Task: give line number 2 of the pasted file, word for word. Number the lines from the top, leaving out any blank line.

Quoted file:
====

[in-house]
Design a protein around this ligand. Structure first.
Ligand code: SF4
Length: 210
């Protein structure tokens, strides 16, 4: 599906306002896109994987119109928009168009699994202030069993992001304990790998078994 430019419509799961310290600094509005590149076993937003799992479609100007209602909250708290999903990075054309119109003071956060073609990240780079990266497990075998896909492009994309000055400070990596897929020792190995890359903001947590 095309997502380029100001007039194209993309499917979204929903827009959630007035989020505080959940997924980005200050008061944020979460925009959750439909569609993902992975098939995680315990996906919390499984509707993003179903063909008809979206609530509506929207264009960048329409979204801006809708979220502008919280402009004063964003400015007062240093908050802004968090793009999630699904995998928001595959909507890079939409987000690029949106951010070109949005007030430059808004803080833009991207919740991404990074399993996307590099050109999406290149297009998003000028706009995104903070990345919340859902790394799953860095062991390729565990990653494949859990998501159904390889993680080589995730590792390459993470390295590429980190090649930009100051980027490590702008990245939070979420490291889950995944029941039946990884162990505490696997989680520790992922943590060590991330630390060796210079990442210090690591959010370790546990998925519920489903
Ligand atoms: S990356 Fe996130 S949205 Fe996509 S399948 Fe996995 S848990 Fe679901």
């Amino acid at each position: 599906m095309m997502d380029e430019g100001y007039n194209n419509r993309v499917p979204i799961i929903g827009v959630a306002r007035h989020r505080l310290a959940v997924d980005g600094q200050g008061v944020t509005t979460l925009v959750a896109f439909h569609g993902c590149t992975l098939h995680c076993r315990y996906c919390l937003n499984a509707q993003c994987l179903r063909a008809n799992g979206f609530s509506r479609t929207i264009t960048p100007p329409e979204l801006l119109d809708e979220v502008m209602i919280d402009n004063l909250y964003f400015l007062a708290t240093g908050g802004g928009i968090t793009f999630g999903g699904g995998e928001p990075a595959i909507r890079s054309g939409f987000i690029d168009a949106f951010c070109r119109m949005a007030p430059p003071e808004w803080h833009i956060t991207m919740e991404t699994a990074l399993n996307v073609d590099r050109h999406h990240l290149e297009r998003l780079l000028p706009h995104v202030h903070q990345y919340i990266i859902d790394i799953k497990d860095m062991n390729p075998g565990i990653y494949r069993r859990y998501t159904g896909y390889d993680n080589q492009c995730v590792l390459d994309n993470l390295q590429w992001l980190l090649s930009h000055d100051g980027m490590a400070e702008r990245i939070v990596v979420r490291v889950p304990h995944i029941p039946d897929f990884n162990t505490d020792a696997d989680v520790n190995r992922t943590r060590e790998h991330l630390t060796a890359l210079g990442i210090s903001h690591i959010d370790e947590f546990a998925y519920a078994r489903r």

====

Design a protein around this ligand. Structure first.